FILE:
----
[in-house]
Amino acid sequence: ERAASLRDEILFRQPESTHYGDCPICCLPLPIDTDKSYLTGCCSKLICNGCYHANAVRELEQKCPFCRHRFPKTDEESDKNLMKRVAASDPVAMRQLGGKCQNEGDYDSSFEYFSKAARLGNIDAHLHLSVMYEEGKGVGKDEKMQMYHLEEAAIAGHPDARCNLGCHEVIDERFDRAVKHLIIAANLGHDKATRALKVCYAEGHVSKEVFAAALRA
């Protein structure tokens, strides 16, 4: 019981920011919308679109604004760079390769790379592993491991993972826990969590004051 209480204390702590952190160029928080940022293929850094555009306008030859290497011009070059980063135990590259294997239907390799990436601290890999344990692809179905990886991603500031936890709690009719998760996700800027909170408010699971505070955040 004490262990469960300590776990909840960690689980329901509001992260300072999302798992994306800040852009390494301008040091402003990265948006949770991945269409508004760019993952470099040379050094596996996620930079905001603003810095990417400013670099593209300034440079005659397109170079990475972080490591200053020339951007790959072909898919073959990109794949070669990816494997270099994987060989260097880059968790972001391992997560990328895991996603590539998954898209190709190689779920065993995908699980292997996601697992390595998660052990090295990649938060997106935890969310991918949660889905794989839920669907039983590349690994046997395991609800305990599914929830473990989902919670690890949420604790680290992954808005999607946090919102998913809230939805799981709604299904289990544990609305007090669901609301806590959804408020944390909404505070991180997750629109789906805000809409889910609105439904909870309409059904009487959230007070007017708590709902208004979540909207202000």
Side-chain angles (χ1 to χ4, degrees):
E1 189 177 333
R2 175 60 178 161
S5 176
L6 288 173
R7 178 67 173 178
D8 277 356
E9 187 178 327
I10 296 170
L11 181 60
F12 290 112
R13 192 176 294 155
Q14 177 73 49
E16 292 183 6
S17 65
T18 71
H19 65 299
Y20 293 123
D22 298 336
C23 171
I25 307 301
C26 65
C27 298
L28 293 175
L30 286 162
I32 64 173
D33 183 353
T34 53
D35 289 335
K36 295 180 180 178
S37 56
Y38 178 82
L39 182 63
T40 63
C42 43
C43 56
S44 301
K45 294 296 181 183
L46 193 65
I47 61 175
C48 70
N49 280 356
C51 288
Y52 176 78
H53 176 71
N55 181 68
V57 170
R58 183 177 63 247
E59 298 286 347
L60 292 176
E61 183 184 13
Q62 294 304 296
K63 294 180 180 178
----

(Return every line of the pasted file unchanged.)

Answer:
[in-house]
Amino acid sequence: ERAASLRDEILFRQPESTHYGDCPICCLPLPIDTDKSYLTGCCSKLICNGCYHANAVRELEQKCPFCRHRFPKTDEESDKNLMKRVAASDPVAMRQLGGKCQNEGDYDSSFEYFSKAARLGNIDAHLHLSVMYEEGKGVGKDEKMQMYHLEEAAIAGHPDARCNLGCHEVIDERFDRAVKHLIIAANLGHDKATRALKVCYAEGHVSKEVFAAALRA
């Protein structure tokens, strides 16, 4: 019981920011919308679109604004760079390769790379592993491991993972826990969590004051 209480204390702590952190160029928080940022293929850094555009306008030859290497011009070059980063135990590259294997239907390799990436601290890999344990692809179905990886991603500031936890709690009719998760996700800027909170408010699971505070955040 004490262990469960300590776990909840960690689980329901509001992260300072999302798992994306800040852009390494301008040091402003990265948006949770991945269409508004760019993952470099040379050094596996996620930079905001603003810095990417400013670099593209300034440079005659397109170079990475972080490591200053020339951007790959072909898919073959990109794949070669990816494997270099994987060989260097880059968790972001391992997560990328895991996603590539998954898209190709190689779920065993995908699980292997996601697992390595998660052990090295990649938060997106935890969310991918949660889905794989839920669907039983590349690994046997395991609800305990599914929830473990989902919670690890949420604790680290992954808005999607946090919102998913809230939805799981709604299904289990544990609305007090669901609301806590959804408020944390909404505070991180997750629109789906805000809409889910609105439904909870309409059904009487959230007070007017708590709902208004979540909207202000």
Side-chain angles (χ1 to χ4, degrees):
E1 189 177 333
R2 175 60 178 161
S5 176
L6 288 173
R7 178 67 173 178
D8 277 356
E9 187 178 327
I10 296 170
L11 181 60
F12 290 112
R13 192 176 294 155
Q14 177 73 49
E16 292 183 6
S17 65
T18 71
H19 65 299
Y20 293 123
D22 298 336
C23 171
I25 307 301
C26 65
C27 298
L28 293 175
L30 286 162
I32 64 173
D33 183 353
T34 53
D35 289 335
K36 295 180 180 178
S37 56
Y38 178 82
L39 182 63
T40 63
C42 43
C43 56
S44 301
K45 294 296 181 183
L46 193 65
I47 61 175
C48 70
N49 280 356
C51 288
Y52 176 78
H53 176 71
N55 181 68
V57 170
R58 183 177 63 247
E59 298 286 347
L60 292 176
E61 183 184 13
Q62 294 304 296
K63 294 180 180 178